This year, World Environment Day comes on the heels of the international meeting Stockholm+50, which marked fifty years since the 1972 United Nations Conference on the Environment. Five decades since this first global conference on the environment, the world is facing a triple planetary crisis of climate change, biodiversity loss, and pollution. We are witnessing an absurd paradox, where consistent and dire warnings from scientists are issued in parallel with States entrenching the policies which have led us to impeding catastrophe.
At the same time, countless individuals and organizations resist this status quo and are confronting the urgency of the situation. Human rights defenders, like Bernardo Caal Xol in Guatemala, challenge the operations of companies that pollute and degrade water resources. Franciscans in Brazil have raised awareness on the rights of victims seeking justice for environmental harms caused by mining disasters. They do so at great risk: of the at least 358 human rights defenders killed worldwide in 2021, nearly 60 percent worked on land, environmental or Indigenous rights.
Nevertheless, these and other initiatives have been recognized and echoed throughout the UN system, leading towards significant actions for greater environmental protection. For example, in October 2021, the Human Rights Council established the mandate for a Special Rapporteur on climate change and human rights, and recognized the right to a healthy environment. The third draft of the legally binding instrument on business activities and human rights also called on States Parties to undertake environmental and climate change impact assessments.
Moreover, support for the right to a healthy environment has been reiterated by UN agencies, experts, and by the UN Secretary-General, António Guterres, including in the 2021 Our Common Agenda report and most recently at the Stockholm+50 meeting, where he urged “countries to embrace the human right to a clean, healthy environment for all people, everywhere […].”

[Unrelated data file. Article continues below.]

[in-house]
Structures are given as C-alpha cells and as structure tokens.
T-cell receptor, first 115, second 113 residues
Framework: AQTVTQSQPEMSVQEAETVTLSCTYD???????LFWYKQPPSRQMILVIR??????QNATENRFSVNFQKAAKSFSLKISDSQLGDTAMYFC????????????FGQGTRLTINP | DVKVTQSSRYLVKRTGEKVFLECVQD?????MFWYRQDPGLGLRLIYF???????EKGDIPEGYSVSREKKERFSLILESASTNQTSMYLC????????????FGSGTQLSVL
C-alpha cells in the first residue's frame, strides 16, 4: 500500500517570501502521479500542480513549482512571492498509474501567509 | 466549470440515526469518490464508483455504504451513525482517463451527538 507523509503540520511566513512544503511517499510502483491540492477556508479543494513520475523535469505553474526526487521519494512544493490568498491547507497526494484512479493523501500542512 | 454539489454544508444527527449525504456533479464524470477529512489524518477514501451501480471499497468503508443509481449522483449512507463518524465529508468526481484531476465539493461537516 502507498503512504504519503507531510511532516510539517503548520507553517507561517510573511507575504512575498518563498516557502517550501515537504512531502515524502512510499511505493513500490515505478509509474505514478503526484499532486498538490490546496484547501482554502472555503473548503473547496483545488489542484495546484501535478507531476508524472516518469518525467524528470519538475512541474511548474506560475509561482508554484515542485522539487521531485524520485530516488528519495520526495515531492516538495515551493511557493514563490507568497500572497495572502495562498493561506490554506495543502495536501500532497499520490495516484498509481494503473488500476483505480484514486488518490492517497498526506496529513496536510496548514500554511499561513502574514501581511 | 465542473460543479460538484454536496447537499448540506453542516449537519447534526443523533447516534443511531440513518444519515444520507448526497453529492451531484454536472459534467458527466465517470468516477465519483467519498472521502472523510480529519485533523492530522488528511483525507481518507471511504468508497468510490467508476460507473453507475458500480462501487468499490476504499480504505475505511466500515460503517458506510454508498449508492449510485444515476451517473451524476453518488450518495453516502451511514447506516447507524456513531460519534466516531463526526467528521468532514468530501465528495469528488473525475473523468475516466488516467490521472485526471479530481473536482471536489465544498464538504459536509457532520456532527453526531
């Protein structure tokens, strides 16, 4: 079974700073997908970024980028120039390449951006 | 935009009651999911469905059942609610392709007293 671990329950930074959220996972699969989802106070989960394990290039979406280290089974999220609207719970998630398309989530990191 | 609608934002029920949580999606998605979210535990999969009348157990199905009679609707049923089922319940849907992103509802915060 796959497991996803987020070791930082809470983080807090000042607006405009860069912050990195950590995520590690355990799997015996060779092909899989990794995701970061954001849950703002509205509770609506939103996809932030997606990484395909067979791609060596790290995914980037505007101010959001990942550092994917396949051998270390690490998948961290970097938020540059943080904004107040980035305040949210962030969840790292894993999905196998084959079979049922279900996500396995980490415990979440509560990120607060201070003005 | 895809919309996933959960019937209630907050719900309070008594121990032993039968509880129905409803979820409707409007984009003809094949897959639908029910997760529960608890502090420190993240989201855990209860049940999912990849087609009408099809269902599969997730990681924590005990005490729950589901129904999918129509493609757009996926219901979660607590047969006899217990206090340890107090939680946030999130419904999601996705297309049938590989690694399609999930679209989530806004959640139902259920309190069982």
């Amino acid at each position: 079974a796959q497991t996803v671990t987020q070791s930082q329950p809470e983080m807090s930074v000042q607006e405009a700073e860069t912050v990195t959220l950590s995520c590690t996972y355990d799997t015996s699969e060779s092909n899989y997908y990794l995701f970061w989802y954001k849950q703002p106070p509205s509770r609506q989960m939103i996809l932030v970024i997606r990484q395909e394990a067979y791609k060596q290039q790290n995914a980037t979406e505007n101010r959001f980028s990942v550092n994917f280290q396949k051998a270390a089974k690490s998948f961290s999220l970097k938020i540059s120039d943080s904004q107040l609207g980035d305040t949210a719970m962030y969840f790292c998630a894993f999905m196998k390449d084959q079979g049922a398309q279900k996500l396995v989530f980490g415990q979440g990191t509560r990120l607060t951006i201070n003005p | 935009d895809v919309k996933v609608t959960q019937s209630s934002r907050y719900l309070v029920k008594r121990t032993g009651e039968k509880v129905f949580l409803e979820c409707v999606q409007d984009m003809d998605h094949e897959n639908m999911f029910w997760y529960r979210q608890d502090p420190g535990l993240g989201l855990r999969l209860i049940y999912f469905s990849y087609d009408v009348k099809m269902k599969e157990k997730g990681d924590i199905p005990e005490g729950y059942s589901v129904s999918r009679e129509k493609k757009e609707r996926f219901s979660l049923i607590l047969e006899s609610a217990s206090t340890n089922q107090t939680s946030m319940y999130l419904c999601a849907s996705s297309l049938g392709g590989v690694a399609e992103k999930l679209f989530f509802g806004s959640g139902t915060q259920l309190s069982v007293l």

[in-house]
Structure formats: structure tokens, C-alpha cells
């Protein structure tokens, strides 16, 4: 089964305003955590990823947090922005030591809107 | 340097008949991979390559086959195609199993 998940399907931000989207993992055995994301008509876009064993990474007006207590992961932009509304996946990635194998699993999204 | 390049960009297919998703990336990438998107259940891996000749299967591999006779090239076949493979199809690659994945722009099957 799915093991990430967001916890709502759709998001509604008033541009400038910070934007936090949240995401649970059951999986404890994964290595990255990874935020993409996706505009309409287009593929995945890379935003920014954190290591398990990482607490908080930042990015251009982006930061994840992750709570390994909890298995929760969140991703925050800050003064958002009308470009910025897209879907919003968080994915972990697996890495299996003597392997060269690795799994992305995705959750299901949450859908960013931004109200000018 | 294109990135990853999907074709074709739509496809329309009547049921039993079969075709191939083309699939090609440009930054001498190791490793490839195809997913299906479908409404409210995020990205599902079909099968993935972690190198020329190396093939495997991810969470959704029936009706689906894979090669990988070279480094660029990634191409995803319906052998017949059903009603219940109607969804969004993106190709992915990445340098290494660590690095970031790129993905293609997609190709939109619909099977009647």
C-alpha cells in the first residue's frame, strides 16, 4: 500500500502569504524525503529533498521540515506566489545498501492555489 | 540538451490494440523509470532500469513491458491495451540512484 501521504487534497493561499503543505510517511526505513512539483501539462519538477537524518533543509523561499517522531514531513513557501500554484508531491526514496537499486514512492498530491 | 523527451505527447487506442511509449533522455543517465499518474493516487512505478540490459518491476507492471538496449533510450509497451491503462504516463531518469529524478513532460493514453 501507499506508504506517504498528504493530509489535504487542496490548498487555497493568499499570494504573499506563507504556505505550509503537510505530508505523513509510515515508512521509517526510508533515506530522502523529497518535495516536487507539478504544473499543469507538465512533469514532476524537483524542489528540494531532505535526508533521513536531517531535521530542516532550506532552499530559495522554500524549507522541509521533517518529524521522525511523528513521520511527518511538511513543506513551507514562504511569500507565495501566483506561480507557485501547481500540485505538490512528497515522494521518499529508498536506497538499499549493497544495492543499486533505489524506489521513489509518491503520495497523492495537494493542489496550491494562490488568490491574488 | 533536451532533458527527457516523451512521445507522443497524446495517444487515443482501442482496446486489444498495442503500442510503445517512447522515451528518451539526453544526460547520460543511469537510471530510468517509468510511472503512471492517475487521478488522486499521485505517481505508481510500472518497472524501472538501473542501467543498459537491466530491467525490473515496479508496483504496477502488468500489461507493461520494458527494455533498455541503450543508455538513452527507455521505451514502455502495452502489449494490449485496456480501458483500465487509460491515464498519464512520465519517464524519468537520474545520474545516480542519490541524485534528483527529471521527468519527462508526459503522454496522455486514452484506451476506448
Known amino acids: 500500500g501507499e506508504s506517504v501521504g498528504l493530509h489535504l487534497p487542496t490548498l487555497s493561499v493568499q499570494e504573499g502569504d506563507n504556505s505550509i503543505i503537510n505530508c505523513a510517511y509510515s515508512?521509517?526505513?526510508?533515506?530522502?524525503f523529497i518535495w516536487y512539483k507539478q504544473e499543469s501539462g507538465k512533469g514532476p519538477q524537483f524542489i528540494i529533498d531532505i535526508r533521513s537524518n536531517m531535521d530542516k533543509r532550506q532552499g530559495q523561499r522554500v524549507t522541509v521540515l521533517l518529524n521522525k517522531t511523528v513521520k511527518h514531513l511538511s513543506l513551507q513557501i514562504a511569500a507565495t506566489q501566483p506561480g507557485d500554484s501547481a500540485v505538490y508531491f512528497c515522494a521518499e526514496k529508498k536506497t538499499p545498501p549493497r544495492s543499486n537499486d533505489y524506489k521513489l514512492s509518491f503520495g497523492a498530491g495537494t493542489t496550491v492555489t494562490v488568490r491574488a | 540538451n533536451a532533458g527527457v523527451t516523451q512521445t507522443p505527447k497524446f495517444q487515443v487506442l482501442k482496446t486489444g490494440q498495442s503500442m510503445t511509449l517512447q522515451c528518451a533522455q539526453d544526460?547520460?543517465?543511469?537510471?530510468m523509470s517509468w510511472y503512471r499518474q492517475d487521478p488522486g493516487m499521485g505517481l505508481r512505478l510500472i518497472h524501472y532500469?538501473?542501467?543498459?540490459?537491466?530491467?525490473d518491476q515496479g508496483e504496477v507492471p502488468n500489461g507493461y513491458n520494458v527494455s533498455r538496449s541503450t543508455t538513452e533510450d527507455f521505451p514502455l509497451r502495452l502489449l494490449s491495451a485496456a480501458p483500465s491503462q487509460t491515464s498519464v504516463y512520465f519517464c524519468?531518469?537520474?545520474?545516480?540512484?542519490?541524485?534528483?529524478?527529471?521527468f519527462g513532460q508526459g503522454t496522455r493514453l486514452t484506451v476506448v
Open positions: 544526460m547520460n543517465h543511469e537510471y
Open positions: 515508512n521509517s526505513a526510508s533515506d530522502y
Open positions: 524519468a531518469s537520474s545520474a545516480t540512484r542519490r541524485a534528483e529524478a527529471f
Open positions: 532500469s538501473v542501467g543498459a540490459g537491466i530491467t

Franciscans International has supported these important voices and efforts, alongside that of our Franciscan and secular partners, through advocacy at the UN. This has recently included an event held in parallel with the Permanent Forum on Indigenous Issues, where the Special Rapporteur on human rights and the environment underscored that recognition of the right to a healthy environment “should be a catalyst for changes at the constitutional level, the legislative level, and most importantly for changes for actions on the ground to deliver clearer air, cleaner water […] and non-toxic environments for every person on this planet.”
On World Environment Day, we stand in solidarity with and celebrate individuals and communities globally who not only already face the adverse impacts of environmental degradation and climate change, but also work tirelessly to challenge the policies and vested interests which have facilitated the current crisis. We further call on the UN General Assembly to reaffirm the recognition of the right to a healthy environment, and for States to ensure a healthy and sustainable future for all.